First it was an emergency, then it was a crisis, now the federal budget is a debt and deficit disaster.
Which means everyone from the top down has to do his or her bit to return some order to the nation's finances, Prime Minister Tony Abbott insists.
But he won't say whether that means a temporary income tax levy or an increase in the marginal tax rate for higher-income earners.
What's more certain is that Mr Abbott's signature paid parental leave scheme is being pared back amid internal coalition and business opposition.
The prime minister on Wednesday confirmed the government's expenditure review committee - also known as the razor gang - had reduced the scheme's salary cap to $100,000 from $150,000.
"I don't want any section of the community to feel they are getting special privileges here," Mr Abbott told reporters in Geelong.
And that means working women earning more than $100,000, even though they still will be eligible for a six-month payment capped at $50,000.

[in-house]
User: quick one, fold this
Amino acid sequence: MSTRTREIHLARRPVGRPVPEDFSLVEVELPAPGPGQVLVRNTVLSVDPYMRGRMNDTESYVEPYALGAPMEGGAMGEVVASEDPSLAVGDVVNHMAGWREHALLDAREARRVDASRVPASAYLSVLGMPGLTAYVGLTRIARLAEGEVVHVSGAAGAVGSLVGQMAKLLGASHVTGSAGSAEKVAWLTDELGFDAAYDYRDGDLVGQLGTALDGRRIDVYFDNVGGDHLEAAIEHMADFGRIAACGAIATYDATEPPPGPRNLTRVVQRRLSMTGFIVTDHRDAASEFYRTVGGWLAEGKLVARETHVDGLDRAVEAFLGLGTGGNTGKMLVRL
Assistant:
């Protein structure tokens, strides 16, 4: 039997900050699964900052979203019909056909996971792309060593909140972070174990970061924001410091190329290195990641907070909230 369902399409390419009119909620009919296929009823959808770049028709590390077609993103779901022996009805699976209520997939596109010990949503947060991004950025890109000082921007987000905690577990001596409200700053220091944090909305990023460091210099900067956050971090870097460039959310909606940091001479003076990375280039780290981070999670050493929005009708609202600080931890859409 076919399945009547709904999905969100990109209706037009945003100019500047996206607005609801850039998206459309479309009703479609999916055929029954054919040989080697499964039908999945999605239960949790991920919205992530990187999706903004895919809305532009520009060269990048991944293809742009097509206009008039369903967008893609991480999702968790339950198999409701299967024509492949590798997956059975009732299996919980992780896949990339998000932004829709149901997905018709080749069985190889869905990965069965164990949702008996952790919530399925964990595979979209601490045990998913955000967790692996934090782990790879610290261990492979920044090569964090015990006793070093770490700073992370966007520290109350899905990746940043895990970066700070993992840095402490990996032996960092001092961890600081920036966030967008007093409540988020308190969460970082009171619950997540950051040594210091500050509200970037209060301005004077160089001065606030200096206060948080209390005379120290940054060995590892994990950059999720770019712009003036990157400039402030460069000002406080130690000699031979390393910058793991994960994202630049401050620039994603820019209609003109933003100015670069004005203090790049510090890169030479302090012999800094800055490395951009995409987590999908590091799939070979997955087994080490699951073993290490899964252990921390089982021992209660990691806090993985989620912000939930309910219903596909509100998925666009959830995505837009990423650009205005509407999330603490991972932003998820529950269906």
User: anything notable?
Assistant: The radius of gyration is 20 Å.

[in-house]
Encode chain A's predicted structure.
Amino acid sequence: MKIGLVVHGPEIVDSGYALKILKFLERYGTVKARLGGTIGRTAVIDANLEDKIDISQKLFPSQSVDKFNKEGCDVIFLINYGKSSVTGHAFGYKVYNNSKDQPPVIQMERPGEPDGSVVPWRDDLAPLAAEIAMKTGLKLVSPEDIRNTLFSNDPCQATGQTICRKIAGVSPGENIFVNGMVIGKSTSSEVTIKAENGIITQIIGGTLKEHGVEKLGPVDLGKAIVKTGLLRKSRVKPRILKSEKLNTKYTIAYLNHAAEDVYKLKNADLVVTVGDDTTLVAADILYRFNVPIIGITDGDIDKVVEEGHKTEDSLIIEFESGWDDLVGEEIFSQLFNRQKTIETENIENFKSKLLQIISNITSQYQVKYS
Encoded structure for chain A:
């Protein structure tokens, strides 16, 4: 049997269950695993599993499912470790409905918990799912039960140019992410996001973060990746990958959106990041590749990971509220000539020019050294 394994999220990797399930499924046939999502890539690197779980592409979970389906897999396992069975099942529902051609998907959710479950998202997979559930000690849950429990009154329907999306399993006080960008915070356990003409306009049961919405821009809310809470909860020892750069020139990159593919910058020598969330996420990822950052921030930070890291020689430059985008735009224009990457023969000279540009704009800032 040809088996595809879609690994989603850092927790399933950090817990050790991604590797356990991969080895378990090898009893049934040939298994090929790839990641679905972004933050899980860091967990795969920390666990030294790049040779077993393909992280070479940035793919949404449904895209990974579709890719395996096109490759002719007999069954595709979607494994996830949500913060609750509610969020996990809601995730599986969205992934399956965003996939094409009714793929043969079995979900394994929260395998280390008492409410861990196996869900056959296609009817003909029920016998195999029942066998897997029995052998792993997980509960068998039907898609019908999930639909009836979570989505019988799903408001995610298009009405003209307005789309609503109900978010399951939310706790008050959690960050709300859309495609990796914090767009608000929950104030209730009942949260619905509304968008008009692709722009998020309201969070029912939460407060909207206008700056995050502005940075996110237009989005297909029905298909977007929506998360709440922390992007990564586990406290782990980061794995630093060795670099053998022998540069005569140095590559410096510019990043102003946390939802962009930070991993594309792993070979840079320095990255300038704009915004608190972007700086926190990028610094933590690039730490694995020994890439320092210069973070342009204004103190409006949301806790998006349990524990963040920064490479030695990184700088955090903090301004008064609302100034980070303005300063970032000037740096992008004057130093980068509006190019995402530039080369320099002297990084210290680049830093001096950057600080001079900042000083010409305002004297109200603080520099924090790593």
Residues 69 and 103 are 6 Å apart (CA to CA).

Mr Abbott was less forthcoming about reports the government is looking at increasing the 37 per cent marginal income tax rate to 38 per cent instead of imposing a temporary deficit tax.
"I just want to assure people this is a debt and deficit disaster that this government is grappling with," he said.
"We will fix the problem and do it in ways that are fair."
Mr Abbott said he did not want low-income earners or those who relied on government services to think high income-earners would get off "scot-free" in the budget.
"Everyone has to do his or her bit."
The government is backing away from reports it plans to impose a deficit tax on those earning more than $80,000, after criticism by some of its own MPs.
Instead it appears to be leaning towards increasing marginal tax rates which would have a smaller impact.
For instance, a taxpayer earning $100,000 would pay an additional $200 in tax if the 37 per cent rate was lifted to 38 per cent.